what are the long term side effects of depo provera?
I used Depo Provera as birth control for several years now. I started when I was 19 and love that I have no period. I stopped for about a year and tried the patch, which I didn't care for. When I got back on the depo I gained a bit of weight. My symptoms include fatigue, muscle soreness and weakness, high blood pressure and weight control issues. Most of the fat is around my waist, I believe the hormonal cycle may be effecting my health a lot and need to know my other options. (now 29)
Many of the symptoms you describe are vague and could be due to a number of things including Provera. Some of the common side effects of this medication include weight gain, weak bones, headaches, fatigue, swelling. These symptoms could also be caused by a number of things such as thyroid problems.
Its best to see your doctor to get evaluated and to discuss your concerns regarding contraception. There are many options available.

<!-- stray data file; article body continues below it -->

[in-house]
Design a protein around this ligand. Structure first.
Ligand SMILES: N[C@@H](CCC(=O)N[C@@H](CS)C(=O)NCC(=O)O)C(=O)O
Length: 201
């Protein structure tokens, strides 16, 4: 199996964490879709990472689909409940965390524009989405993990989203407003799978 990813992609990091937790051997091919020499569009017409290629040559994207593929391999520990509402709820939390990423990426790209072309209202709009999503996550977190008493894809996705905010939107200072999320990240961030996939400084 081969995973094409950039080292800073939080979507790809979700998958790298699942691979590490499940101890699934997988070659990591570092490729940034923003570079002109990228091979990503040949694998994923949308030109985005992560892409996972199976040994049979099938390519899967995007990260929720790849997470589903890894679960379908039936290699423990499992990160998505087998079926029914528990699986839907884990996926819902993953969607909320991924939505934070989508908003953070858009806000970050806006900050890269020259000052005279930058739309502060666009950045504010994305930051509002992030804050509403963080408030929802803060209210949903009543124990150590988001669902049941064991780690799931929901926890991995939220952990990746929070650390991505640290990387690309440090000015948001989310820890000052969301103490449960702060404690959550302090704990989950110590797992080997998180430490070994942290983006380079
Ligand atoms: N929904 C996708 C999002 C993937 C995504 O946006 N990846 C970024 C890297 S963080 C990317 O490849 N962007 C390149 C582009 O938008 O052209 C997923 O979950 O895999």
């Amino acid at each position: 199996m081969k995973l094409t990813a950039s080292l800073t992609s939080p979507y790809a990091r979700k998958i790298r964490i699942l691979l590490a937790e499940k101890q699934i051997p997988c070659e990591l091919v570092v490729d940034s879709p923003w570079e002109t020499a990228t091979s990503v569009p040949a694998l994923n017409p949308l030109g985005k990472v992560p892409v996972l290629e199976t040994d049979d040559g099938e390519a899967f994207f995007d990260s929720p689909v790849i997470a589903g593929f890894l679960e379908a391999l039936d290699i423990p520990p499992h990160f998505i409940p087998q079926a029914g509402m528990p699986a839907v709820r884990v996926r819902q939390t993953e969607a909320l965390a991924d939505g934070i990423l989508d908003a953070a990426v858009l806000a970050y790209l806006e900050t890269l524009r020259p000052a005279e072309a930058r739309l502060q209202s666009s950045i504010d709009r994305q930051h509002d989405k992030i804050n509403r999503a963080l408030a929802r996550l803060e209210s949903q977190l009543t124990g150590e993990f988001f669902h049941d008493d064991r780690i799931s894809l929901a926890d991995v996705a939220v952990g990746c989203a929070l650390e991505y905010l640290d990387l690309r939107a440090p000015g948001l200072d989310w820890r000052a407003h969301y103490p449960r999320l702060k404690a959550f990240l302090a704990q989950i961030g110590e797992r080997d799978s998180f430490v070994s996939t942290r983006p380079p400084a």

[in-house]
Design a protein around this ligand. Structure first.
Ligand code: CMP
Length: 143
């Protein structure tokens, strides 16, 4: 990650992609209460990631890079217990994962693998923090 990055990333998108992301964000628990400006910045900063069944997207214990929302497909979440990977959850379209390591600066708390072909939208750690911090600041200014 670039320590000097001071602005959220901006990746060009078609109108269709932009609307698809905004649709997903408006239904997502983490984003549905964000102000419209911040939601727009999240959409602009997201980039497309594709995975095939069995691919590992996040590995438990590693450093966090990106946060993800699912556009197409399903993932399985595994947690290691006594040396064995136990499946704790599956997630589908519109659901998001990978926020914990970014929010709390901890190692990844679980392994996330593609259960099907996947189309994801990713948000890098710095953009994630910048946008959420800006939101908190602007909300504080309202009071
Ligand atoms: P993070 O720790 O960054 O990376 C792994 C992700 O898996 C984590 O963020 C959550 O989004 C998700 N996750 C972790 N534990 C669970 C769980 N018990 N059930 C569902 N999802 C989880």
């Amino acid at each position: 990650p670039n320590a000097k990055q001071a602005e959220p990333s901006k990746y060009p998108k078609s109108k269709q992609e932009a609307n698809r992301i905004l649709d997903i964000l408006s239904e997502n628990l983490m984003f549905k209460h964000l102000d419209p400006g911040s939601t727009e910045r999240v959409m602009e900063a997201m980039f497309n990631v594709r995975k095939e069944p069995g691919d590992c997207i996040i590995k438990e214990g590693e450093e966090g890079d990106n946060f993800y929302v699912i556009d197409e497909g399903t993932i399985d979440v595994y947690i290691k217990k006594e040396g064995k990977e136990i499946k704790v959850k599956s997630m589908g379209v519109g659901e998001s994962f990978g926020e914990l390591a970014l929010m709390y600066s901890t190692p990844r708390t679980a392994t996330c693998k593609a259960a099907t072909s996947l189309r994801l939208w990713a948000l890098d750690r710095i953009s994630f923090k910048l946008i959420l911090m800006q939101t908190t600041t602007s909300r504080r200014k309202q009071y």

Important: The opinions expressed in WebMD User-generated content areas like communities, reviews, ratings, blogs, or WebMD Answers are solely those of the User, who may or may not have medical or scientific training. These opinions do not represent the opinions of WebMD. User-generated content areas are not reviewed by a WebMD physician or any member of the WebMD editorial staff for accuracy, balance, objectivity, or any other reason except for compliance with our Terms and Conditions. Some of these opinions may contain information about treatments or uses of drug products that have not been approved by the U.S. Food and Drug Administration. WebMD does not endorse any specific product, service, or treatment. Do not consider WebMD User-generated content as medical advice. Never delay or disregard seeking professional medical advice from your doctor or other qualified healthcare provider because of something you have read on WebMD. You should always speak with your doctor before you start, stop, or change any prescribed part of your care plan or treatment. WebMD understands that reading individual, real-life experiences can be a helpful resource, but it is never a substitute for professional medical advice, diagnosis, or treatment from a qualified health care provider. If you think you may have a medical emergency, call your doctor or dial 911 immediately.